How to Assess Performance Weakness with an Alignment Map
Insanity has been described as the impulse to keep doing the same thing over and over again in the hope of getting a different result. Innovation, in contrast, is applying a minuscule, ingenious twist to the exact same thing in order to achieve a better outcome. The true definition of creativity is knowing how to inject just the right amount of madness into a process so that you attain your goal. To gain insights to the improvements you can master, learn how to assess performance weakness with an Alignment Map.
The bad news? You’ve got to take a seriously long, hard look at your assets – what you have to work with – and see things for what they are. That includes #1) your product / service offering, #2) your organization and #3) your financial resources and analytic tools. Be realistic. Remember, a chain is only as strong as its weakest link. Your business is the same. Don’t pretend your weak links don’t exist or that something or someone can make up for the liability. It can’t. Maximize your strengths and minimize your weaknesses. It’s the only viable path to take. But it still doesn’t ensure success.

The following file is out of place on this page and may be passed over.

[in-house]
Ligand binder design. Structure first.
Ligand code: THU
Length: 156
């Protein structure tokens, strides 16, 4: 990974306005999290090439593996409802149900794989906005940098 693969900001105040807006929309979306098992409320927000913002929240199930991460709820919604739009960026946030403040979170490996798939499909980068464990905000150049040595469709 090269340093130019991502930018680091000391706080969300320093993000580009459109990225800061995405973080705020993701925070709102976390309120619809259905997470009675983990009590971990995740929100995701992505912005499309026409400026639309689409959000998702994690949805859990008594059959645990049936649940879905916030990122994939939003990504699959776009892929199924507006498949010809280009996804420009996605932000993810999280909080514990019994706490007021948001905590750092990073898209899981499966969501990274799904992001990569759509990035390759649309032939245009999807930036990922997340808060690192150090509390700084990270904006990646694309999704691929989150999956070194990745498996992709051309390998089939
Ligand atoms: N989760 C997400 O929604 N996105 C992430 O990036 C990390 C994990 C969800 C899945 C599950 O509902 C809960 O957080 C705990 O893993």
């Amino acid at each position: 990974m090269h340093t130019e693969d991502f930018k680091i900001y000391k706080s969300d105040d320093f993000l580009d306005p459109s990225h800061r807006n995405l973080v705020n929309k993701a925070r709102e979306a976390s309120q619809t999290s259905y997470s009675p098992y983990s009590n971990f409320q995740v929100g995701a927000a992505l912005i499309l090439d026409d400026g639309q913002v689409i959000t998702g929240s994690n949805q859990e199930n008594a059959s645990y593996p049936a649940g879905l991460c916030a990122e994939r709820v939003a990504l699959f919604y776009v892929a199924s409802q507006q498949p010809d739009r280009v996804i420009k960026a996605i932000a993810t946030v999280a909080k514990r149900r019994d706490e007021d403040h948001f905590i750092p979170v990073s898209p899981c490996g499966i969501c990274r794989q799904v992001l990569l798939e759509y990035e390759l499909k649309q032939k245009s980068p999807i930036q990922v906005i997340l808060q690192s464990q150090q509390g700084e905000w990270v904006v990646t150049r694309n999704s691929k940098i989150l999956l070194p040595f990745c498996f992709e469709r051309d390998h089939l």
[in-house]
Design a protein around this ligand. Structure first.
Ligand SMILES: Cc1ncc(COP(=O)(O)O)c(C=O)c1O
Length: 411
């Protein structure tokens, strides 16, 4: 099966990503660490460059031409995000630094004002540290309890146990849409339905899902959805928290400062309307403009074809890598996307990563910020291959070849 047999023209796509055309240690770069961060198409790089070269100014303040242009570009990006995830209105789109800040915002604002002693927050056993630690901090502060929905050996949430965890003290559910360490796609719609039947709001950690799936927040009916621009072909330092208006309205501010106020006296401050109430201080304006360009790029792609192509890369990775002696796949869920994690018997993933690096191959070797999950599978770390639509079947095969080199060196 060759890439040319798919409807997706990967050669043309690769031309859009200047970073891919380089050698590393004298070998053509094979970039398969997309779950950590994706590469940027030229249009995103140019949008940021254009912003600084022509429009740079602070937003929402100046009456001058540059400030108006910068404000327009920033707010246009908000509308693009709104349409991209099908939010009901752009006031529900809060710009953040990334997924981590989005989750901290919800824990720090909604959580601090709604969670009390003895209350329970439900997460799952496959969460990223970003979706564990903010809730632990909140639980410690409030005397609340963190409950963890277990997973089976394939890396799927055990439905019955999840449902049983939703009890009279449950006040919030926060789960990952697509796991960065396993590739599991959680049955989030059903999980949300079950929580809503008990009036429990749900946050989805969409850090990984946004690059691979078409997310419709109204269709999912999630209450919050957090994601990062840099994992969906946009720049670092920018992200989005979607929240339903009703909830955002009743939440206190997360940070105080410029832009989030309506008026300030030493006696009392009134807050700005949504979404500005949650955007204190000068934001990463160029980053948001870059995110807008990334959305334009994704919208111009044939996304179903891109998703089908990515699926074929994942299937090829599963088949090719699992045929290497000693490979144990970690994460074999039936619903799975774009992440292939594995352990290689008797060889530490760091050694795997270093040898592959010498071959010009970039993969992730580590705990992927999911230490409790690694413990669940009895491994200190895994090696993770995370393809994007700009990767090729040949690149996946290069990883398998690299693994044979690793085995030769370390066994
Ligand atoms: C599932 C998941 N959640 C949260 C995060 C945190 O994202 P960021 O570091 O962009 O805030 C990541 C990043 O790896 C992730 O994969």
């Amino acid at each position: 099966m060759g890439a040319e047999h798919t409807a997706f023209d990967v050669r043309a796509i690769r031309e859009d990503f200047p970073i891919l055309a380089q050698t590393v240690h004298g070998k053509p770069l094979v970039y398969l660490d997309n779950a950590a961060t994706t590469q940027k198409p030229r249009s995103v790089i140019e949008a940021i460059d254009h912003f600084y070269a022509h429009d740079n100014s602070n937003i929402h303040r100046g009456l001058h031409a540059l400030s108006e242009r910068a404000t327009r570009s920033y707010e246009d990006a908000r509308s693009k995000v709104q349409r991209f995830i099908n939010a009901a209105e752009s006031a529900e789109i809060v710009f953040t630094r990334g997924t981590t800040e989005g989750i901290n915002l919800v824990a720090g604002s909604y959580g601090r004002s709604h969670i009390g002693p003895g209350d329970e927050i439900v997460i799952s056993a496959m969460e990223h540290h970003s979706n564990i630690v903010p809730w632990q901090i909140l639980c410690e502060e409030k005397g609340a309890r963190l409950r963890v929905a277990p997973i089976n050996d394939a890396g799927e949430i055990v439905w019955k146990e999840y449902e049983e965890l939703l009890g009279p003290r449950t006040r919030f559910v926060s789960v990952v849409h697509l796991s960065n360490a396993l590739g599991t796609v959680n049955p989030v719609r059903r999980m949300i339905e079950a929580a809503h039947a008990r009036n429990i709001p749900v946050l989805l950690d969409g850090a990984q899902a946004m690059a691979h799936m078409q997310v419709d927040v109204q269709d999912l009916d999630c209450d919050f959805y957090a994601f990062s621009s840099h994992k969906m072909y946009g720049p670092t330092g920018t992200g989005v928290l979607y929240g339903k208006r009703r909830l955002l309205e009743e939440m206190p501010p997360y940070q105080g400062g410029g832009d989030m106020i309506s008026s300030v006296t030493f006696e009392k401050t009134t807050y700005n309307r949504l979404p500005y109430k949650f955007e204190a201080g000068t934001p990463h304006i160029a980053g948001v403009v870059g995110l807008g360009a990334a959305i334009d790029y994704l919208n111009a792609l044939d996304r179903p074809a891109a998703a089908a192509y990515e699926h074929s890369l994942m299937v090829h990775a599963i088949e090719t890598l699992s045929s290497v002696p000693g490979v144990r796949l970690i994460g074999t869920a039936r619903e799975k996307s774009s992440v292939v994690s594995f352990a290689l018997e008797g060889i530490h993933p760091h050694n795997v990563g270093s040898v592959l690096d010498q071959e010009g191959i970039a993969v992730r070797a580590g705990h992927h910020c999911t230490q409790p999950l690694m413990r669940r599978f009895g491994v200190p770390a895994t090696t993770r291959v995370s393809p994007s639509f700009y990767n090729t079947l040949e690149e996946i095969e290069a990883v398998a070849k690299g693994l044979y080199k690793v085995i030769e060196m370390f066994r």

If you want better results you’ve got to address performance weakness in your business. It exists, and it’s hurting you in a number of ways. The good news? This is where opportunities live. What’s at stake while problems persist? You are missing opportunities. And that’s always bad news. This process will show you how to assess performance weakness in your business with an Alignment Map.
The good news? An Alignment Map can help you assess performance weakness.
And this means you can design solutions that become strengths, even disruptors that give you an edge.
Even the most savvy business leaders have a hard time wrapping their heads around persistent weaknesses that impact productivity and profitability. Diagnosing precisely where the weaknesses are, and what’s causing your problems is only the first step towards finding improvements that work, and scale. Finding and implementing improvements that work and scale takes innovative thought, trial and error and more than anything, a willingness to fail.